I tried doing 50 push-ups a day for a month, and the results were impressive

With just one exercise to do, what was the impact of focusing on mastering the push-up?

Lily Canter performing a push-up
(Image credit: Lily Canter)

I’m one of those annoying people who doesn't find push-ups hard. I never have, and I’ve no idea why. I don't go to the gym and I rarely do push-ups and yet, if you ask me to get down and do 10, I can.

It baffles me when other people have to do push-ups on their knees because this has never occurred to me. It does seem to be specific to push-ups, though. Ask me to do 10 burpees and I fall apart. I just can’t do them.

So, since I have this ability to do push-ups, I thought it would be interesting to explore how many I could do and what the impact would be.

The great thing about push-ups is that they can be done anywhere, with no equipment (although a yoga mat can make things more comfortable) , and there are lots of variations to try. 

I found myself doing them in the bathroom while running a bath, in the kitchen while waiting for the kettle to boil, and even in the park as my kids played soccer. They’re an excellent compound exercise, working the chest, shoulders, arms and abdominal muscles simultaneously. 

I set myself the target of 50 standard push-ups a day for a month. I didn't have to do these in one go, I just had to do 50 between waking up and going to bed each day. I took some time to practice my form to make sure I was doing them correctly and off I went. Here's what happened by the end of my 30-day challenge.

1. I got stronger at push-ups

I may have started from a solid base but that didn't mean I could suddenly pump out 50 push-ups in one go. I started by doing five sets of 10 with a short rest in between. This took about five minutes and was easier at the beginning of the day.

By the fourth day my chest was hurting, as the delayed-onset muscle soreness (DOMS) set in and my pectoral muscles were tender to touch. My body adjusted fairly quickly and by day five I could do 20 push-ups in one go, rest, another 15, rest, another 10, rest, and a final five.

The soreness stopped by the end of the first week and things progressed from there. By the end of the second week I was doing 25 push-ups at once. I found it easier to do 25 in the morning and 25 in the evening but I could tell that my strength was building. I also felt my form was getting better and I maintained a stronger, more stable posture—and the push-ups got quicker.

Doing the push-ups after a long or hard run was tricky and I realized rest and recovery between push-ups was as vital as rest between runs. In fact, one day I forgot to do the push-ups and it was the next day that I increased from 20 to 25 in one go with no difficulty.

Lily Canter lowering into a push-up

(Image credit: Lily Canter)

As the weeks went by, my initial quick progress started to tail off and I got niggles in my neck—probably from straining too hard. By the end of week three I reached 30 push-ups in one go, yet my progress had pretty much ground to a halt.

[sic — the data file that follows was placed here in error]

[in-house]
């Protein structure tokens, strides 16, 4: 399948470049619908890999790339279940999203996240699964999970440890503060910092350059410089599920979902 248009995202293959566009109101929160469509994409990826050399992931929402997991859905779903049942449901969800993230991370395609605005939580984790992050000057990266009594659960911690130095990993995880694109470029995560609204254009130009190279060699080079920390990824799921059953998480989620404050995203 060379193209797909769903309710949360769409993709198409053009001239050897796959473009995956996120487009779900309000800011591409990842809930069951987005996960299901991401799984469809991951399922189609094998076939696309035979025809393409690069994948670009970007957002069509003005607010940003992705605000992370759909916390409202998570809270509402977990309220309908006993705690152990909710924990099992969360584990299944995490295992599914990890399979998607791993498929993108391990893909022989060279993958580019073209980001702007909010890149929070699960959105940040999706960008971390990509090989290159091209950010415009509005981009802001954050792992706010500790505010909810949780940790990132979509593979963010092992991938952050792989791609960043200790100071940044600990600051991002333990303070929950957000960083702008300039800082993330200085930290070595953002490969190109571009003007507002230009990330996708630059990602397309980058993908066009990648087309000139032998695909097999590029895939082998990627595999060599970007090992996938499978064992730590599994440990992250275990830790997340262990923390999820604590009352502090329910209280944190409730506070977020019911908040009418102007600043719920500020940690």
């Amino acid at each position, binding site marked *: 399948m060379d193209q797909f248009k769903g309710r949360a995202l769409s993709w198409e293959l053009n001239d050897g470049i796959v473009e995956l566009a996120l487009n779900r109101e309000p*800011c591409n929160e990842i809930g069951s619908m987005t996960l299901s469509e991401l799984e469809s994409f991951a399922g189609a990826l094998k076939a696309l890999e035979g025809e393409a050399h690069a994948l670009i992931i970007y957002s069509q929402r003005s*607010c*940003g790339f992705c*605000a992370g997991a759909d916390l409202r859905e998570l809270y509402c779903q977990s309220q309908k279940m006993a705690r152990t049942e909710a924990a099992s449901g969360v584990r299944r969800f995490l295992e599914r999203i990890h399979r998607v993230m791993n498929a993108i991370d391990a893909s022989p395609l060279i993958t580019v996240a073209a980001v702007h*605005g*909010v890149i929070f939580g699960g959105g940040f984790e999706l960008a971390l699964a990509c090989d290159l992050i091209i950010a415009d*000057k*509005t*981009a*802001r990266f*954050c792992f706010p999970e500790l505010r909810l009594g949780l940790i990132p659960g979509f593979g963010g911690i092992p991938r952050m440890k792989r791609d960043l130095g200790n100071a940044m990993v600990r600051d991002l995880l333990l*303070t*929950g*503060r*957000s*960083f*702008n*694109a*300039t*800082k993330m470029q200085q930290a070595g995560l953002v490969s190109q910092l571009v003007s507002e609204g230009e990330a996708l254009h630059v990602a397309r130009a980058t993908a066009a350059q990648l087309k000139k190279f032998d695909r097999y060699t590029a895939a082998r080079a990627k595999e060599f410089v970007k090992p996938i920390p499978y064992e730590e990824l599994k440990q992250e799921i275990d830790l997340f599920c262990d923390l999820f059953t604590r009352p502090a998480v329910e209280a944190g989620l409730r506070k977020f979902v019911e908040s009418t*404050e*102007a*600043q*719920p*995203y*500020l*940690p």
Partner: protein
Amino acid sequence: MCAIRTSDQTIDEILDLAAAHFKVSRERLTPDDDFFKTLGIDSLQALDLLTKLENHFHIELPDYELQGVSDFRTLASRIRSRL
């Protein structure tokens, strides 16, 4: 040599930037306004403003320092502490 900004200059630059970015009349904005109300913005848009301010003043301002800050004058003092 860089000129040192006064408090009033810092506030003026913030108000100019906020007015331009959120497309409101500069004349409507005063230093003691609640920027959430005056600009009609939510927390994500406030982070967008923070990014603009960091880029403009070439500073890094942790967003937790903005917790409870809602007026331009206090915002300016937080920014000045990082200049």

By the end of the month my best effort was 34 at once, followed by a further 16 after a rest. I found the routine addictive and even after the challenge was complete I carried on. Two weeks later, I'm still stuck at 34. I can knock out 20 push-ups quickly but the last 14 are a grind.

I put part of this down to the fact that my weekly mileage is currently around 75 miles, which leaves little energy left for improving my push-up strength. I am curious to see if I can eventually reach 50 in one go, though.

2. I built muscle

I didn't set out to build muscle on this challenge, but I thought it would be interesting to see how push-ups might change my body composition.

At the beginning of the challenge I measured my biceps, which are pretty measly given that I am a “bag of bones” long-distance runner—as my husband affectionately calls me. I also measured my torso to see if my pectoral muscles would grow. 

Both did increase. My left and right bicep increased by 6mm and my chest expanded by 2.5cm. I completed a canicross race (running with a dog) at the end of the challenge and was surprised at how defined by upper arms looked in the photos.So, push-ups seem to be an effective bodyweight arm workout

3. My core got stronger

Push-ups begin in the plank position, an exercise that is well known for developing your core muscle and strengthening your midsection, but when you are doing a push-up it feels like your arms are doing all the work.

Actually, the abdominal muscles are working hard to protect your lower back and keep your body stable. The biggest surprise to me at the end of the challenge was the impact on my abs.

I had more definition and felt stronger running, particularly when engaging my core while running uphill. I also managed to achieve a parkrun personal record, coming in at less than 23 minutes. 

I’m going to continue incorporating push-ups into my daily routine, although I will include a couple of rest days a week to allow adaptation to take place. And, who knows, maybe I'll reach that golden 50!

Lily Canter

Lily Canter is a freelance money, health and lifestyle journalist with more than 20 years' experience. She writes about fitness for Runner's World and Trail Running magazines and focuses on personal finance for Yahoo! Finance UK, Metro, The Guardian, and the Mail on Sunday. In her spare time she is an ultra-runner, canicrosser and running coach. She also co-hosts the award-winning podcast Freelancing for Journalists.